Salt marshes occur along Florida's coastline in intertidal zones where there is low wave energy. The most extensive salt marshes are found in areas where the land exhibits little relief. Among the most productive habitats in the world, and as such, provide food and habitat to a wide range of marine species.
Tidal mud flats, sandbars, and oyster bars commonly occur in salt marshes. In many instances, this is where birders are likely to see the birds of the area since they are prime feeding sites for the wading birds and their allies.
Black needle rush and smooth cordgrass are the two most abundant plants of the salt marsh. Generally, the two species grow in distinctly zones. Smooth cordgrass occurs in a monospecific ban close to the open waters of the numerous tidal channels common is Florida's salt marshes. Black needle rush, which also grows in single species stands, is the dominant high marsh plant. It is the most common type of salt marsh in Florida accounting for close to two thirds of the total marsh acreage in the state.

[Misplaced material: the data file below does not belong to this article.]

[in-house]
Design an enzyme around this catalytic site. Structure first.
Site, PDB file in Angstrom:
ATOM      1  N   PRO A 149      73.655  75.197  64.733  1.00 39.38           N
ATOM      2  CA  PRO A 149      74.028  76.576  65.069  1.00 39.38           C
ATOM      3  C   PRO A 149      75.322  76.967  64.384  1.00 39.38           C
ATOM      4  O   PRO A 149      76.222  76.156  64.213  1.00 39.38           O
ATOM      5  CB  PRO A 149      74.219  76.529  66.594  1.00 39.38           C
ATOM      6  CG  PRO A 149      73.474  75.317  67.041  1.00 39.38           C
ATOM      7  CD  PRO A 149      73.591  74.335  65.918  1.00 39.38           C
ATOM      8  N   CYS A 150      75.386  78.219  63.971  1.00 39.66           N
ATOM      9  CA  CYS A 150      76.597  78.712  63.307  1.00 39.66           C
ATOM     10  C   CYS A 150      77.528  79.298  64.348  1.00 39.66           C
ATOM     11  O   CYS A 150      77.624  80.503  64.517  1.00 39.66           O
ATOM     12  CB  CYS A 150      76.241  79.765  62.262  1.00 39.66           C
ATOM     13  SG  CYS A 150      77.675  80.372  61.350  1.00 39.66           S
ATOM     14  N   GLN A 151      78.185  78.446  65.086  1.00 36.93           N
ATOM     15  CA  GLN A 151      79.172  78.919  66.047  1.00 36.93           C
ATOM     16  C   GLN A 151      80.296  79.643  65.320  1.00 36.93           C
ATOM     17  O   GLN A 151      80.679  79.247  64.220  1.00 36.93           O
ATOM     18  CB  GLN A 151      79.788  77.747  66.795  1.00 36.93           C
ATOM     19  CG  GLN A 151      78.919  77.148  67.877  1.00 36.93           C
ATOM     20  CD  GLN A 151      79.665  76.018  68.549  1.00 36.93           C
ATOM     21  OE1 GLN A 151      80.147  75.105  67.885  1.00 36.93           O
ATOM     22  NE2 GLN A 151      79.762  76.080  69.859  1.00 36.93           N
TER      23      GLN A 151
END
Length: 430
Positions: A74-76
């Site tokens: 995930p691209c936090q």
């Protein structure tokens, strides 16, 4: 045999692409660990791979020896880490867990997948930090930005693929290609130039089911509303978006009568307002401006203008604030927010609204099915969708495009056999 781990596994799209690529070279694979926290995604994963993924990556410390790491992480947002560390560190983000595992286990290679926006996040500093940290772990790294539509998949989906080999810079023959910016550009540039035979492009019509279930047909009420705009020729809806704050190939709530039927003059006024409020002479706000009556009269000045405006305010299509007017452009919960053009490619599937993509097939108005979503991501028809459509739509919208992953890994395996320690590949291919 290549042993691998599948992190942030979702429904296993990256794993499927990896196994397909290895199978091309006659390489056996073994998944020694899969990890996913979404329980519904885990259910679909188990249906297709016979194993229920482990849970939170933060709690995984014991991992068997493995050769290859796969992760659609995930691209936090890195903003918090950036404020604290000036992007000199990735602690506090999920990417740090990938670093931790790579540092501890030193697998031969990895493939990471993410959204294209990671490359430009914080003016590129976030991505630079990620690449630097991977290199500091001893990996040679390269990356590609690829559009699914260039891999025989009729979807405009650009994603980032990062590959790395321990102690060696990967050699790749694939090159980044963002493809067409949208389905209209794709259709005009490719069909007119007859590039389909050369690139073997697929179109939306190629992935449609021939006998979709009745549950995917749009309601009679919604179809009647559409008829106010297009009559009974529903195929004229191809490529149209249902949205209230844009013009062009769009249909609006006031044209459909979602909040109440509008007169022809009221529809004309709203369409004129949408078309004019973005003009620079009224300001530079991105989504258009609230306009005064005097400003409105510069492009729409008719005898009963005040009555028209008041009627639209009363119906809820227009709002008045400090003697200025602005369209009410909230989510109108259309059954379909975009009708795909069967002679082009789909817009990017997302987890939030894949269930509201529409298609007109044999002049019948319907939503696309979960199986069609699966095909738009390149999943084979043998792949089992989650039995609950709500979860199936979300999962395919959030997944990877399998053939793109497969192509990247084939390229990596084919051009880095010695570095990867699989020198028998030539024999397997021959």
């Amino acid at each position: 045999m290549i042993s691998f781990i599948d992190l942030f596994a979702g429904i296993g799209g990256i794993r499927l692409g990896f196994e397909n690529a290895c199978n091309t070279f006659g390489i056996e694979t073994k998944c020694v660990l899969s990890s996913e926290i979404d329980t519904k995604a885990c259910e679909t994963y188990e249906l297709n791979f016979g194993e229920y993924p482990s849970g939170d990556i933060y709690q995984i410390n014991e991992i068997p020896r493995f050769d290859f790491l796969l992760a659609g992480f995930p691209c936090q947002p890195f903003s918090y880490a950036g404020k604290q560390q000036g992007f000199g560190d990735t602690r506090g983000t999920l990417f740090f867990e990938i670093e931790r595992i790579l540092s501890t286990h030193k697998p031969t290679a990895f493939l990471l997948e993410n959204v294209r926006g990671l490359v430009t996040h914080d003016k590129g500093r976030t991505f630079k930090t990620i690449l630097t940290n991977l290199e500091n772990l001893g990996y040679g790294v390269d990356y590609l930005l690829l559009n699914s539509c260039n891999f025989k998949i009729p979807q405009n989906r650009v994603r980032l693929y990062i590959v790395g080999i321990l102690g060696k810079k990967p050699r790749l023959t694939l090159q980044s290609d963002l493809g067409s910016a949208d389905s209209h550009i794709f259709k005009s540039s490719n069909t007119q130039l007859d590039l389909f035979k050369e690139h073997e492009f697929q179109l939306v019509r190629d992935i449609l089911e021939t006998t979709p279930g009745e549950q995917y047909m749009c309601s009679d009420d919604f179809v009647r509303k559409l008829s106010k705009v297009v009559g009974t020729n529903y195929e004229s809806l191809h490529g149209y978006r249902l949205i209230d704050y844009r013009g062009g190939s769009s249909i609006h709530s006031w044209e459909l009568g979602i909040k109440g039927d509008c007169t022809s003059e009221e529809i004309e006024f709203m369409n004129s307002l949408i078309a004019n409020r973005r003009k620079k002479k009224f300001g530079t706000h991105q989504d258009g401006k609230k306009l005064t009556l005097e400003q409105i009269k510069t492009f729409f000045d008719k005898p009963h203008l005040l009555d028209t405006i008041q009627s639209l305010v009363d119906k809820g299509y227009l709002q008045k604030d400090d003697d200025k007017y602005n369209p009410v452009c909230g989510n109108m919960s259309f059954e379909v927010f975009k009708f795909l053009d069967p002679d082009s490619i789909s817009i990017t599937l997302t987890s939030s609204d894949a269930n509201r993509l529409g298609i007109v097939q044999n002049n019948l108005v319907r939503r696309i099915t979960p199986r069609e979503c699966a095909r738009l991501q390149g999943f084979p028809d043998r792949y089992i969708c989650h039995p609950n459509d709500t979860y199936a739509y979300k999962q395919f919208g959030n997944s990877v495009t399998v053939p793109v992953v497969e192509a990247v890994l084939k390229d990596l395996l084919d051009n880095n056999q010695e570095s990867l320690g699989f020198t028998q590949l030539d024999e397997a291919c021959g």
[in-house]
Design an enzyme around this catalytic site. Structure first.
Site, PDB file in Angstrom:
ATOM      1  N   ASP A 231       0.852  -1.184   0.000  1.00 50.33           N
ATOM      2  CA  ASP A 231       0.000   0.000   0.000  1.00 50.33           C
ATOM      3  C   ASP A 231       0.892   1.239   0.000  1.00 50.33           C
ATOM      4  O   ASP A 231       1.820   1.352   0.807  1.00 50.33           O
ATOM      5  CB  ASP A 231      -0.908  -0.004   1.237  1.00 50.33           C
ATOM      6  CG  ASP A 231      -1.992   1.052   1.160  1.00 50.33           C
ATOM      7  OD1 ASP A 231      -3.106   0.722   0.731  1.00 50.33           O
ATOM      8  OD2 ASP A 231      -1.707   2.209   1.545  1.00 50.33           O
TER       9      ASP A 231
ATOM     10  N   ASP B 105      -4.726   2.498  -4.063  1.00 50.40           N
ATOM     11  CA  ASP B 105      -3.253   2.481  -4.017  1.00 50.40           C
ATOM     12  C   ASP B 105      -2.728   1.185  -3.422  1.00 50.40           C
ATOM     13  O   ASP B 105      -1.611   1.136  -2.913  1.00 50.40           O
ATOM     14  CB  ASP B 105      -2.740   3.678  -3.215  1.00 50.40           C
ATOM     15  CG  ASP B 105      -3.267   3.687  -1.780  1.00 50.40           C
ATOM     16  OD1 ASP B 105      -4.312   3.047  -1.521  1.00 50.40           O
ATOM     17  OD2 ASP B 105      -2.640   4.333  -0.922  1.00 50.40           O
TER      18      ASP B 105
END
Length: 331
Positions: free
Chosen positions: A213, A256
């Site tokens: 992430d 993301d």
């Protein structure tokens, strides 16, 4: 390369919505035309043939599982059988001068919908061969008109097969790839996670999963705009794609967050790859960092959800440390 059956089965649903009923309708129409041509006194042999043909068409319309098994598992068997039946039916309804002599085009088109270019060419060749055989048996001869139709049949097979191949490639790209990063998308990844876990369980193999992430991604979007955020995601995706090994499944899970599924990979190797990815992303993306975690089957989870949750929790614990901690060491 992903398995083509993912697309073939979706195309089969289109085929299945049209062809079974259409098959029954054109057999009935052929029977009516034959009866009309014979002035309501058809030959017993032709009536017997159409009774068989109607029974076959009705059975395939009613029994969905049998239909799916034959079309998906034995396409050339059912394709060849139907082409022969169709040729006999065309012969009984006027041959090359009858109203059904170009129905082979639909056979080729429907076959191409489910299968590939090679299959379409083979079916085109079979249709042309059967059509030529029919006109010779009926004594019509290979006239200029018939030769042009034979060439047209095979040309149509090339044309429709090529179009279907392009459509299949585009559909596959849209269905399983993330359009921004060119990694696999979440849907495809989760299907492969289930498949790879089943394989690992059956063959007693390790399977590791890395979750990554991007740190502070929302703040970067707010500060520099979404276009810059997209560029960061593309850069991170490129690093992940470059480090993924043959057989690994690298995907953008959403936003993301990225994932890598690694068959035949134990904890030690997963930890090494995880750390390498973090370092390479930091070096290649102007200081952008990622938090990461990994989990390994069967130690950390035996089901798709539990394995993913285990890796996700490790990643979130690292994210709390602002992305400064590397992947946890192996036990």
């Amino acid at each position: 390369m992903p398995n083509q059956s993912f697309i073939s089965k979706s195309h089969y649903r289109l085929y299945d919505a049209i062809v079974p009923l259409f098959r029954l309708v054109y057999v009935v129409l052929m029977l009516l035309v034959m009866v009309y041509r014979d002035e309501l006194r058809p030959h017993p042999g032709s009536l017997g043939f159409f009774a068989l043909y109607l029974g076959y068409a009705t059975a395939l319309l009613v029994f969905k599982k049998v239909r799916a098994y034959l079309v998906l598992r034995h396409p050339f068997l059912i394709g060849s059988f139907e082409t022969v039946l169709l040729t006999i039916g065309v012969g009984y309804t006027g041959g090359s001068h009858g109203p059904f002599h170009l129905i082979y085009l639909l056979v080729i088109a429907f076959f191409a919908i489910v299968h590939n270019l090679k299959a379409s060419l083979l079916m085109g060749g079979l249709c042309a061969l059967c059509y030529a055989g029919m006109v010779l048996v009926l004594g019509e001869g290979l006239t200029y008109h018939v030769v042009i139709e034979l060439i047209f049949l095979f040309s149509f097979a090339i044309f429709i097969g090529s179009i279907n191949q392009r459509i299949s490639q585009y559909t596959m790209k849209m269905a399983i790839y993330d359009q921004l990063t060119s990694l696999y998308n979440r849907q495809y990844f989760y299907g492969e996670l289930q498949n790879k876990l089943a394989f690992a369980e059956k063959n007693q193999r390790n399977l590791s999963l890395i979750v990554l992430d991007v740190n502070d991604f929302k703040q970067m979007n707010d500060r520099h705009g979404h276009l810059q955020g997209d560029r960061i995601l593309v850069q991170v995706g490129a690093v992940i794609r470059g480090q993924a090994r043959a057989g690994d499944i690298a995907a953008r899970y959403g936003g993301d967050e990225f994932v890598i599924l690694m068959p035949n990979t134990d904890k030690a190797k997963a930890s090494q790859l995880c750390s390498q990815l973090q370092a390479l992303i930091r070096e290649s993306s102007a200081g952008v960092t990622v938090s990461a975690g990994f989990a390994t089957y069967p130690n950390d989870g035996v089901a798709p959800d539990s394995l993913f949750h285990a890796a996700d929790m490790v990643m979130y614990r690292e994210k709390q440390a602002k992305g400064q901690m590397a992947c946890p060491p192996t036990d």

There are significant stands of salt marsh along the Gulf coast around the major bay systems in the panhandle. The most extensive area is in the Big Bend region. With essentially zero wave energy, marshes grow to the water's edge. South of the Hernando-Pasco county line through Florida Bay, the salt marshes that exist are usually black needle rush marshes. They occur primarily in the high marsh zone landward of mangrove forests. Atlantic coast salt marshes are concentrated in northeast Florida and along the Indian River Lagoon area from roughly Daytona Beach to West Palm Beach.
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